FARMINGTON — Students from schools throughout the Farmington Municipal School District performed songs and dances at the Taurano-Chrisman Theater Thursday night to celebrate Hispanic Heritage Month.
First recognized in 1988, Hispanic Heritage Month runs from Sept. 15 to Oct. 15.
Thursday's event included students from Apache, Bluffview, Ladera, Northeast and McCormick and other Farmignton elementary schools, as well as Heights, Hermosa and Mesa View middle schools and Piedra Vista High School.
Raul Oros and Juan Hinojos were two of the Hermosa students who danced during the talent show on Thursday night. They said it took them two or three weeks to learn the dance.
"We didn't really want to do it at first," Oros said.
But, eventually, the two friends decided to learn the dance.
Karen Miramontes-Trevizo, another Hermosa student, decided to participate in the show because she loves to dance. She is also a Zumba instructor.
"I wanted to celebrate our culture," Miramontes-Trevizo said.
Not all of the performances were dances. Celeste Rudolfo, another Hermosa student, sang "Barca de Oro," a popular festival song in Mexico. The song originated in Spain and was sung by the sailors.
"It's about someone leaving someone," she said.
She said her parents helped her choose it, and she liked its tune.
Her parents also attended the talent show to watch her and her sister, Isabela, perform. Isabela Rudolfo performed with Ladera Elementary School.
Isabela and Celeste Rudolfo's mother, Maria, moved to Farmington from Durango, Mexico, around 15 years ago to join her husband, Emeterio Rudolfo, who grew up in Albuquerque. Maria Rudolfo later became a U.S. citizen.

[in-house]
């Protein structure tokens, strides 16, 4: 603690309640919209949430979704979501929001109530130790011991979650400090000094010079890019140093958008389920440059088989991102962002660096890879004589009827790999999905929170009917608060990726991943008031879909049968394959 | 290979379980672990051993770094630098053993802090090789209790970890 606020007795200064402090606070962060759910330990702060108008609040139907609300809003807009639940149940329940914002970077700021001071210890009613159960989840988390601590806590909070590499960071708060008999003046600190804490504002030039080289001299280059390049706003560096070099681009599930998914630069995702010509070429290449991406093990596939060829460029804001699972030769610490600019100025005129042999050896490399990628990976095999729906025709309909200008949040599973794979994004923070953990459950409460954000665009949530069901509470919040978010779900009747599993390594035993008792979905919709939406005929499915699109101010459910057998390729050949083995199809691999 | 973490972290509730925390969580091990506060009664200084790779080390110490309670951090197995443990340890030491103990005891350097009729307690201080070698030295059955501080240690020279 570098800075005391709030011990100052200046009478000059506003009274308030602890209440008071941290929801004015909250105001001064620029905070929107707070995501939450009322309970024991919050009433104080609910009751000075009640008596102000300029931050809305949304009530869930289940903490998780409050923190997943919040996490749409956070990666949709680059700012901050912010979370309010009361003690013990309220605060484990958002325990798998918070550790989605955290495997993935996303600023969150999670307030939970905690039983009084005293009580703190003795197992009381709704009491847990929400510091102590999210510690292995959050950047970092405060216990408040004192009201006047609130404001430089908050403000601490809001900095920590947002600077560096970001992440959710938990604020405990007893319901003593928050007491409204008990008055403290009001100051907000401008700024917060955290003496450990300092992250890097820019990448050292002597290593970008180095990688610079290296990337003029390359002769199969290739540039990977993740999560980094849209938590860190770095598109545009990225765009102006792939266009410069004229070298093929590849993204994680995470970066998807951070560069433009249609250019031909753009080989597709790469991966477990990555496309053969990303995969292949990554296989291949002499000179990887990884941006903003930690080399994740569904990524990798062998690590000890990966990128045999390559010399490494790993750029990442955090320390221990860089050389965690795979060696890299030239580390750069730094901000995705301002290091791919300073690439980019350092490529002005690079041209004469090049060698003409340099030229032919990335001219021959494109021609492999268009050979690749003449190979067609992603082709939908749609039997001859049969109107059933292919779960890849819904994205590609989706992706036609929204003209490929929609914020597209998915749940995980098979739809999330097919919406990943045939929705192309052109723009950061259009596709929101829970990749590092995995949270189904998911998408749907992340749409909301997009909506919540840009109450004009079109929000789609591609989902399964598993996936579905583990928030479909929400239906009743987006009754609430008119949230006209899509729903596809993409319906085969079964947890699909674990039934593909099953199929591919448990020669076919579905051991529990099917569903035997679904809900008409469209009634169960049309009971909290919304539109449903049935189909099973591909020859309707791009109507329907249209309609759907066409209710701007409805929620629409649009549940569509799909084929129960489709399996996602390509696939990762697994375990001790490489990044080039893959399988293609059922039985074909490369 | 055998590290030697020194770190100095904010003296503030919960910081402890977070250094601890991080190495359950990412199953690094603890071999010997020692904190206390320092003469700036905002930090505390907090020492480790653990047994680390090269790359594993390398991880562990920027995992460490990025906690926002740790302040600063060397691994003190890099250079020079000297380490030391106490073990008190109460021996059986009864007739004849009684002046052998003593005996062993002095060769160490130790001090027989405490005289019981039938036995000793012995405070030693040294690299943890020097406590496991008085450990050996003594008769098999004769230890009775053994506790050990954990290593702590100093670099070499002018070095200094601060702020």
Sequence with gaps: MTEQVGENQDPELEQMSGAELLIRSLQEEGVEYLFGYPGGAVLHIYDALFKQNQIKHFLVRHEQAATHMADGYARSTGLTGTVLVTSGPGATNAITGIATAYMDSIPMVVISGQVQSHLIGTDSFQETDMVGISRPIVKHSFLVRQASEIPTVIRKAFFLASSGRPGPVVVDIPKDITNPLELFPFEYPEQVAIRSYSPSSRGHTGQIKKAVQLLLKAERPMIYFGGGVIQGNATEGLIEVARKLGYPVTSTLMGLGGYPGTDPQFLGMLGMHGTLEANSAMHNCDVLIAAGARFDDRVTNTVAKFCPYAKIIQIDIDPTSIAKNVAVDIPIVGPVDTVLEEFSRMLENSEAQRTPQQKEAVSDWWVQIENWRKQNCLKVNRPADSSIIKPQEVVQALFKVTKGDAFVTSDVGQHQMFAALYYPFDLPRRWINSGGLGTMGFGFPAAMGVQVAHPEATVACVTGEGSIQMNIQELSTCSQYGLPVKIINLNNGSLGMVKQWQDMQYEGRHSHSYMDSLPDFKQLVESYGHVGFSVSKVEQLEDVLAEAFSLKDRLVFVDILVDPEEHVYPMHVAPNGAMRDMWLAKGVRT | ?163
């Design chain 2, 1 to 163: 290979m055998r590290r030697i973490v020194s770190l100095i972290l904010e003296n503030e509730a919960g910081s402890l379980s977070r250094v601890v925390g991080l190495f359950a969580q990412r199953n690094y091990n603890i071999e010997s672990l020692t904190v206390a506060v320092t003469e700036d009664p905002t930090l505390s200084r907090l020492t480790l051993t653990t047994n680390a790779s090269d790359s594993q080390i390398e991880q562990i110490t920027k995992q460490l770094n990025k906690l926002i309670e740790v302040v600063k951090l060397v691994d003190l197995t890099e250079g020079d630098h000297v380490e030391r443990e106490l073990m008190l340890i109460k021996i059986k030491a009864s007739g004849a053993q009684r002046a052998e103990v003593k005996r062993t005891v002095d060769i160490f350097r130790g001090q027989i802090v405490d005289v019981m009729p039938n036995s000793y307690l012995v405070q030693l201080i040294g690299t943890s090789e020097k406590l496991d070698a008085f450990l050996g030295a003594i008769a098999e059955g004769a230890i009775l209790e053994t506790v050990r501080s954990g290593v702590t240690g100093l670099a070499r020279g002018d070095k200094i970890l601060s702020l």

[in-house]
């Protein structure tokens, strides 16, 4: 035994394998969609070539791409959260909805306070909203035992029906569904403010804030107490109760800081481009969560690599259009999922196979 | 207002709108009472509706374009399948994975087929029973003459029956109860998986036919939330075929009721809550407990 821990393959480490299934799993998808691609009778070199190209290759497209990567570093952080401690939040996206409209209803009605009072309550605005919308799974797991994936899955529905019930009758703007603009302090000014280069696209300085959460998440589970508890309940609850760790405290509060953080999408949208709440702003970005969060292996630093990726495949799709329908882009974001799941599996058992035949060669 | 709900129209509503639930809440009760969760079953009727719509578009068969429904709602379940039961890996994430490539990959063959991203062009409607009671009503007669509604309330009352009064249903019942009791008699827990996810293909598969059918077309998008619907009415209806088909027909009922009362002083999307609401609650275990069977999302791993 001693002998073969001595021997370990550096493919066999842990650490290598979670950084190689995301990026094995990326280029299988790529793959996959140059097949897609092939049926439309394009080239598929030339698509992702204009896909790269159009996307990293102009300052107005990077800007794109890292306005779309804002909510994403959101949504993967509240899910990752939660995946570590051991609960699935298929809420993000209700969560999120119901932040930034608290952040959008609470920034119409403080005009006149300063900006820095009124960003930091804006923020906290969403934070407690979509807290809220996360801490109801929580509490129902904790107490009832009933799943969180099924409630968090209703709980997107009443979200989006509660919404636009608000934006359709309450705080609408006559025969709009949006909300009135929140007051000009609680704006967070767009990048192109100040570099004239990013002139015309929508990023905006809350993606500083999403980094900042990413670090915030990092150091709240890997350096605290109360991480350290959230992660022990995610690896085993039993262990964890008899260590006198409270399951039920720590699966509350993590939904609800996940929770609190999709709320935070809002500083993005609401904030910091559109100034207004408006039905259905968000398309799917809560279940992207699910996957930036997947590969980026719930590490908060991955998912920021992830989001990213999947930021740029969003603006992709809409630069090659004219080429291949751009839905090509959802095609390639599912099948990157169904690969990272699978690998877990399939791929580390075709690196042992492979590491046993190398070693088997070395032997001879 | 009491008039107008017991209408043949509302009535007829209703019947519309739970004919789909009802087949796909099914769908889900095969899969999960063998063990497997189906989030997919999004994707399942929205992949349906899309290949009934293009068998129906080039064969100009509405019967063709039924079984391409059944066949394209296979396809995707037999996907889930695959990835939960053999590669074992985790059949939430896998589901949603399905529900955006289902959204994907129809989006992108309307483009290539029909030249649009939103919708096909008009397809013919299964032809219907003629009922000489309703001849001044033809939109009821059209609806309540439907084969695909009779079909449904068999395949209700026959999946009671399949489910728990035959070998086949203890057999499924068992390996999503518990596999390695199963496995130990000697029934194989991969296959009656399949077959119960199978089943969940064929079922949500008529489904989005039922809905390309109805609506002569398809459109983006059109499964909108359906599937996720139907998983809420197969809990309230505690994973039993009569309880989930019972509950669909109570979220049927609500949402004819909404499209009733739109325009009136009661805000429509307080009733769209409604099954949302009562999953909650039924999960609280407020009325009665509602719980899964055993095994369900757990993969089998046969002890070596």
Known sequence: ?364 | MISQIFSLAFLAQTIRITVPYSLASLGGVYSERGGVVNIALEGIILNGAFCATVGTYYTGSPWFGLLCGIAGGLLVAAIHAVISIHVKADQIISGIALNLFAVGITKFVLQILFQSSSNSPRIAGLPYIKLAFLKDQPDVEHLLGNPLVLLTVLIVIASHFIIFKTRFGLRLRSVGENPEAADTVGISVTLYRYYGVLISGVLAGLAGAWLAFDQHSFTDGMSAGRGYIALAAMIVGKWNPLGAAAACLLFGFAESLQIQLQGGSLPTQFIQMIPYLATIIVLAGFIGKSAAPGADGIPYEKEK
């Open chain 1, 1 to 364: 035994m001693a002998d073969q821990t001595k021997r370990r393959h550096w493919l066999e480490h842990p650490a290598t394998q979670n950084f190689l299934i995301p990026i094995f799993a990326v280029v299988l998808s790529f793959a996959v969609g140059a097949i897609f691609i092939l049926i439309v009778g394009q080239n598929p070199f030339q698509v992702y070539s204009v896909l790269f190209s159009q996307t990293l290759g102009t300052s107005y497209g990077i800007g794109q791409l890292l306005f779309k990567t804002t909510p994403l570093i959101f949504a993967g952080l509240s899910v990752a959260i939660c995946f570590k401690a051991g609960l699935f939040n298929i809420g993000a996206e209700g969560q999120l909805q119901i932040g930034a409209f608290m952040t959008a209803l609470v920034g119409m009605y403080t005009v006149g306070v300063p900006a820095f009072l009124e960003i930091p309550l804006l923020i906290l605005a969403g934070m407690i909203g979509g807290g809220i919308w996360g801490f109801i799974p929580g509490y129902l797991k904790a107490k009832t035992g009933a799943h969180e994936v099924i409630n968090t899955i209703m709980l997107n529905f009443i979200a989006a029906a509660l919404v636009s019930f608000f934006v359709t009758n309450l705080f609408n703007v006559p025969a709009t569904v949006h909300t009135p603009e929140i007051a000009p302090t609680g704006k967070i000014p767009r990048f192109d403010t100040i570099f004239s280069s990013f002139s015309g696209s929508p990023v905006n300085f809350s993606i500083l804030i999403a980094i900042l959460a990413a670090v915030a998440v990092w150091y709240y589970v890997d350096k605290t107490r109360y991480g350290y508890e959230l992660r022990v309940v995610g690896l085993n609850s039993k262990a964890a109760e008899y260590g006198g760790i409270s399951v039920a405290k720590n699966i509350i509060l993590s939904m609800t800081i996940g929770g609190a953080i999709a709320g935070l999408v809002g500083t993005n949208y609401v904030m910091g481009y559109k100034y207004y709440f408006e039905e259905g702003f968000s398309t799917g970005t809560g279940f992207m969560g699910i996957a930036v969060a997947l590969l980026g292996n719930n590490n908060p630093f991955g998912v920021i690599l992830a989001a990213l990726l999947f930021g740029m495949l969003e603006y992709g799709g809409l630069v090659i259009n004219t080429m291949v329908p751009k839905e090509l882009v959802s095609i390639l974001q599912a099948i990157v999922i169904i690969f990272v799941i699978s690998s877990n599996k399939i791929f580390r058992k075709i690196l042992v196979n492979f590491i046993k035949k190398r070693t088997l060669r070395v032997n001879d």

"They like to keep our culture alive with music," Celeste Rudolfo said.
The sisters say their family speaks Spanish at home and also keeps the culture alive through food and religion.
Emeterio Rudolfo said the Hispanic culture is similar to other cultures.
"Cultures share different values," Maria Rudolfo said.
She explained that certain values, like family, are universal throughout cultures.
While Maria Rudolfo enjoys living in Farmington, she said she misses Mexico and described her life as having "my heart in both places."
The students who performed during the talent show entered the theater with a respect of their culture and an understanding of the importance of Hispanic Heritage Month.
"It helps us keep our culture together," said Luisita Dominguez, a Piedra Vista High School student. "It reminds us of our past.
Dominguez sang "Te Dejo en Libertad" as a duet with her friend.
The talent show helps the children learn to read, write and speak Spanish and builds on what the students already know, said Sylvia Lambson, who works as the education assistant in McCormick Elementary School's Spanish bilingual program.
Lambson said family is one of the important parts of Hispanic culture.
This importance of family was reflected in the large number of parents, aunts, uncles, cousins, grandparents and great-grandparents who crowded into the theater.
Estefania Ortiz attended to watch her sister, Noelia, sing.
Ortiz said she thinks Hispanic Heritage Month is important because the culture is part of who they are.
"It's something that stays with you," Ortiz said.